The job market is showing strong growth, with federal statistics reporting that 678,000 jobs were added to non-farm payrolls in February. But there’s no sign that the labor shortage is easing up, and wage growth has leveled off despite high inflation.
Unemployment edged down to 3.8% even as the labor force participation rate–the percentage of working-age people who are actually working–ticked up. The Bureau of Labor Statistics also revised its Employment Situation Report numbers upward for December and January, showing an additional combined gain of 97,000 jobs, capping a year of strong jobs growth.
One of the biggest takeaways from this month’s report was the waning impact of the Covid-19 Omicron variant. For example, the percentage of employed persons teleworking because of the pandemic was at 13% in February, down from its six-month high of 15.4% last month.
And among the unemployed, 1.8 million fewer people were prevented from looking for work because their employer lost business. That number had been 6 million in January and now stands at 4.2 million.
Job gains were solid across many industries. Leisure and hospitality fields saw the greatest increase (adding 179,000 jobs in accommodation and food services combined with arts, entertainment and recreation). Education and health services, professional and business services, and construction were the other big winners. The gain in construction jobs is especially encouraging because that industry had been flagging over recent months.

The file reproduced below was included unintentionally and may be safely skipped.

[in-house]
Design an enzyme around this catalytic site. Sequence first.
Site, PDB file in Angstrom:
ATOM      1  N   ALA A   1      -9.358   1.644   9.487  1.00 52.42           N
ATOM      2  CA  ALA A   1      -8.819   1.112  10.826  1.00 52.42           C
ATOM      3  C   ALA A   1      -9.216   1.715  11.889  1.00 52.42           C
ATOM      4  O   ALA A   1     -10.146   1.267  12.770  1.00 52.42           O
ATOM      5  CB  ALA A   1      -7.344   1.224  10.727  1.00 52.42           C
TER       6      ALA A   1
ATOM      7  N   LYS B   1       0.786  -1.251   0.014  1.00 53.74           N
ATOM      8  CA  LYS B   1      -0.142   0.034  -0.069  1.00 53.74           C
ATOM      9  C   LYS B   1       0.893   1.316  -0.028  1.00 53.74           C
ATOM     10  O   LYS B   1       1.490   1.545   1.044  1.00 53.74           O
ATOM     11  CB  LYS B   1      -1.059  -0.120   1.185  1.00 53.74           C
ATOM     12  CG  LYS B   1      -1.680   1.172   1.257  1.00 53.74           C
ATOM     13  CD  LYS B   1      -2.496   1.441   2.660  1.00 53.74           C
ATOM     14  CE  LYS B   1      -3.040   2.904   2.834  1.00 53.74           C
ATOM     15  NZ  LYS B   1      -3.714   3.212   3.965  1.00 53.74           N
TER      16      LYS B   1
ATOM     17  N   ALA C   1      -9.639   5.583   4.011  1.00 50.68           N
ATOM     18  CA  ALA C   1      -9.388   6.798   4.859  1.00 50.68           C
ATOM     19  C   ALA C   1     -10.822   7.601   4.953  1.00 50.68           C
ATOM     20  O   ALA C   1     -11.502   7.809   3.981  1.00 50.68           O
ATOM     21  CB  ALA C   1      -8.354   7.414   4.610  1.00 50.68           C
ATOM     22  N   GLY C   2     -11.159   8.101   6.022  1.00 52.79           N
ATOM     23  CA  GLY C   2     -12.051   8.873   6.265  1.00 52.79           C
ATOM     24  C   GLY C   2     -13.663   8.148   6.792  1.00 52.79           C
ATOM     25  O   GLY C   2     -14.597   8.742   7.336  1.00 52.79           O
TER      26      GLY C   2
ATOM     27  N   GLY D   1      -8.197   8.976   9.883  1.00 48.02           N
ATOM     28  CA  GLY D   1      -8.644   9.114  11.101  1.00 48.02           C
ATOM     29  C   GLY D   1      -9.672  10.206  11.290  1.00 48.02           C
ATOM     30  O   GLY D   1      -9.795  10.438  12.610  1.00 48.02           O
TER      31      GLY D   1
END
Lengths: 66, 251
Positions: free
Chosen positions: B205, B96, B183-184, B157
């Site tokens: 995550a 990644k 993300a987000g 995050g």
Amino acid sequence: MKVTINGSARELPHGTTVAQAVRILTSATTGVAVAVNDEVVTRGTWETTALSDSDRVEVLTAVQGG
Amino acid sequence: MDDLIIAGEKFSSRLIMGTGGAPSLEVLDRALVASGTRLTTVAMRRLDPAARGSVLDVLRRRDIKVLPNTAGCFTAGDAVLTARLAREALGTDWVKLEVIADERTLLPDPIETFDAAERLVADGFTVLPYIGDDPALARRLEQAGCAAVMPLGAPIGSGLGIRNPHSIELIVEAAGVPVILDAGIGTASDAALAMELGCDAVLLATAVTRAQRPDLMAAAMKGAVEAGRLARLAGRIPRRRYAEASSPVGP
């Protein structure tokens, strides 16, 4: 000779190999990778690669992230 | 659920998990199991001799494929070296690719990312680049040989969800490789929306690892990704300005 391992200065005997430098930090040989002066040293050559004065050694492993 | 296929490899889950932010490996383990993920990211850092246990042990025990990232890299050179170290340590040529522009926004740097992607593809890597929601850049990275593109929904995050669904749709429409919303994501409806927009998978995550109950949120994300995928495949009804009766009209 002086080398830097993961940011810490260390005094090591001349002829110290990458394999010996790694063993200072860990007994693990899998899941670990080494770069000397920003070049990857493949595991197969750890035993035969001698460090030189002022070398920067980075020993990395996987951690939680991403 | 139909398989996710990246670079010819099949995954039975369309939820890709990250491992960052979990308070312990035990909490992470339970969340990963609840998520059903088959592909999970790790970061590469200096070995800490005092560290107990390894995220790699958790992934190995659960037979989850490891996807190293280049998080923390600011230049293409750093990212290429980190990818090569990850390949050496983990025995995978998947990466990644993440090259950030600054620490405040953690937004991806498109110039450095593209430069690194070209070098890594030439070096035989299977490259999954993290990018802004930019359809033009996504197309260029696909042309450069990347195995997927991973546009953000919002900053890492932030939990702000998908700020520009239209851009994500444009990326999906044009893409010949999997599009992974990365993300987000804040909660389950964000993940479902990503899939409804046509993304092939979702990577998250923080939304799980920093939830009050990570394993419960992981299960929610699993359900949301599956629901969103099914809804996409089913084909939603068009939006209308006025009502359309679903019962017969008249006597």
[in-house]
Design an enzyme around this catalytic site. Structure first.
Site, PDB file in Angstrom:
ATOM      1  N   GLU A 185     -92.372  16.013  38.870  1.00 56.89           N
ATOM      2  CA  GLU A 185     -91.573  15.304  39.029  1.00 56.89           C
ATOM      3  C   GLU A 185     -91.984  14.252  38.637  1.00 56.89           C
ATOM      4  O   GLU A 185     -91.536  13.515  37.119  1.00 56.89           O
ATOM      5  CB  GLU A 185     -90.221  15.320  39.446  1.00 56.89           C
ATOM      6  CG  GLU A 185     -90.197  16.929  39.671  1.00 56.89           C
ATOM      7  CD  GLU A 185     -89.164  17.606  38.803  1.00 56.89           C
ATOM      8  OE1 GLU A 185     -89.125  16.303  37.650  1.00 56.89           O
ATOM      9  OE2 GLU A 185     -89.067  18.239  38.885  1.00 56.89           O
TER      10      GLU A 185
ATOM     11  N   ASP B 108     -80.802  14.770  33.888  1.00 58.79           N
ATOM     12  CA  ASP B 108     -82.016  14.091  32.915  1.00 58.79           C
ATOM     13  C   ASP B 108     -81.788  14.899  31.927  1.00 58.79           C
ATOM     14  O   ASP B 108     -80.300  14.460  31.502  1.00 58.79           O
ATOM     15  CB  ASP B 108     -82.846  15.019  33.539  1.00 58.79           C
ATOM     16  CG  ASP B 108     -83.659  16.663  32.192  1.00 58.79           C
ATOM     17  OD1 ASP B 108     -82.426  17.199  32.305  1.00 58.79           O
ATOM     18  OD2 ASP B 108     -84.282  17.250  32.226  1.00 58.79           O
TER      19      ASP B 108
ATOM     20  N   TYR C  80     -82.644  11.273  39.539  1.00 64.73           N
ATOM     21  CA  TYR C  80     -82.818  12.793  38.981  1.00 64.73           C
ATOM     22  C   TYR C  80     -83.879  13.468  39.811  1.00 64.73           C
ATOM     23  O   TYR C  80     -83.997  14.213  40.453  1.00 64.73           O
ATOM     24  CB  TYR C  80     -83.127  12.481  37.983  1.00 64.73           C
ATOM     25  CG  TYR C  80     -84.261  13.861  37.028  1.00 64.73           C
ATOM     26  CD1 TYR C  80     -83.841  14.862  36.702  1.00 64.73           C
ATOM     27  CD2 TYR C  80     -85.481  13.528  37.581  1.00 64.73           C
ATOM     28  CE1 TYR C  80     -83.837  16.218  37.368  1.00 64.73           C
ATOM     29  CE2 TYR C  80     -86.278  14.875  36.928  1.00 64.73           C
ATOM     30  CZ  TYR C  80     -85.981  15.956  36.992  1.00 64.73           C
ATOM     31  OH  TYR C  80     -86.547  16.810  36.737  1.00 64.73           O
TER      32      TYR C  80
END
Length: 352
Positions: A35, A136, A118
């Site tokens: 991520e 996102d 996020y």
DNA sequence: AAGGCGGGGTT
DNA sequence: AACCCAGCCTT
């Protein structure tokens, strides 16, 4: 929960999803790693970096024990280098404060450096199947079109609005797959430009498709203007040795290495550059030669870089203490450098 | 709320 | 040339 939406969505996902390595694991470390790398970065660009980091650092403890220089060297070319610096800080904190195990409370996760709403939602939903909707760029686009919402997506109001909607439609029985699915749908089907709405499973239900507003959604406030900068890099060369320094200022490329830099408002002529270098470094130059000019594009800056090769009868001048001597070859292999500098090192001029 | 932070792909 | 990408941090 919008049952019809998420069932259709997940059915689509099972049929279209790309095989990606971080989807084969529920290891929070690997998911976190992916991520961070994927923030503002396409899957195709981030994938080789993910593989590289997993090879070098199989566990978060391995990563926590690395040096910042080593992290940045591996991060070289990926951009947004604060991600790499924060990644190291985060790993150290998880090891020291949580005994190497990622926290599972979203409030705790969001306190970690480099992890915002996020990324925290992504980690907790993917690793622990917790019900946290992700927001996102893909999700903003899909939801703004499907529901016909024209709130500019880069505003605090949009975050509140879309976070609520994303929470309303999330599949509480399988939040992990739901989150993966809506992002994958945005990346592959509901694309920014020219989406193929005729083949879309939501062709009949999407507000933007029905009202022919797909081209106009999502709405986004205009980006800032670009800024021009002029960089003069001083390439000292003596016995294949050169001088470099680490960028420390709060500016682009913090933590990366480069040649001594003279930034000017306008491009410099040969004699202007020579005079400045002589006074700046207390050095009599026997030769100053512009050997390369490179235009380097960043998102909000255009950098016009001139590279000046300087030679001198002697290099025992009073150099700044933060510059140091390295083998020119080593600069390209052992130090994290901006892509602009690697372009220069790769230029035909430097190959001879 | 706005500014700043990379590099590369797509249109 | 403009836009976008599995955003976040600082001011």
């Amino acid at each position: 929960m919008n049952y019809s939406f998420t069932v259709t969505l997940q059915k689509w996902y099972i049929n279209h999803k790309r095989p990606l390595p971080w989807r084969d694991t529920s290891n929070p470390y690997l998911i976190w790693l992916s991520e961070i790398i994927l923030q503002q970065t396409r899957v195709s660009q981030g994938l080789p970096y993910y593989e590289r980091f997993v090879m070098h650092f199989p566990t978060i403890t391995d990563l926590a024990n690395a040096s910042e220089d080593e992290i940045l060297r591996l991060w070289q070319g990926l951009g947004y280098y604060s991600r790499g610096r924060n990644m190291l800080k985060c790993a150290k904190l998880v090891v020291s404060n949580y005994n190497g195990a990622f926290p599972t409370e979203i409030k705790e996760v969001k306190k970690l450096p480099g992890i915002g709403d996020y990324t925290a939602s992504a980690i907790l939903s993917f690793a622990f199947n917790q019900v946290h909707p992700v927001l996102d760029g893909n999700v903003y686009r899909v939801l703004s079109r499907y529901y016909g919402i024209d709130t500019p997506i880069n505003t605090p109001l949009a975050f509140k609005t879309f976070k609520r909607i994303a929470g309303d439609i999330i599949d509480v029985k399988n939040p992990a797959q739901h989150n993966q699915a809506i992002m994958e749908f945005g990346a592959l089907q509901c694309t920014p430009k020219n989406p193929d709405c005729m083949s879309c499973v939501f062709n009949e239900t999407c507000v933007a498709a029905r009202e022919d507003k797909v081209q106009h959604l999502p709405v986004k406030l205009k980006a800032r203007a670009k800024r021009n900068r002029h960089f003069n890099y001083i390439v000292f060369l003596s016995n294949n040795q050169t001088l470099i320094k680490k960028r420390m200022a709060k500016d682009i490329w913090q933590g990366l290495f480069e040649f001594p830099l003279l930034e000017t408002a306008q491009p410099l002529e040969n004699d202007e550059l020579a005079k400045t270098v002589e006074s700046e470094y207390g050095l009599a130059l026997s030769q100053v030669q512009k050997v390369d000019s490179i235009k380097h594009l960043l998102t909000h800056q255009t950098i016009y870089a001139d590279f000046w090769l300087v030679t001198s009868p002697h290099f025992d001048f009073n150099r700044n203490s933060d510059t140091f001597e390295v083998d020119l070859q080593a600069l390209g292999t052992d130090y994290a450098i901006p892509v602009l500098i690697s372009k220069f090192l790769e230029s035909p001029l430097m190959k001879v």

Although those numbers are strong, there’s still reason for concern about the labor market going forward.
Average hourly compensation increased very little, signaling an end to the steady growth wages had been experiencing over the past several months. That average increase—just one cent—did not keep pace with inflation, as it continues to soar. The past 12 months have seen the largest gain in the Consumer Price Index since 1982.
The labor force participation rate (LFPR) rose by 0.4% for men but fell by 0.2% for women. That tick downward in the women’s participation rate reverses a recent trend and presents a challenge when considering the large number of job openings still available.
Next week, the BLS will release its Job Openings and Labor Turnover Survey for January, which will shed further light on this complex job market. There’s no sign that our labor shortage will be any less tight any time soon.
For more coverage and analysis of this employment situation, catch up on our LinkedIn Live from this morning, where our Chief Economist Bledi Taska and Senior Economist Rucha Vankudre presented their first impressions on what this report tells us.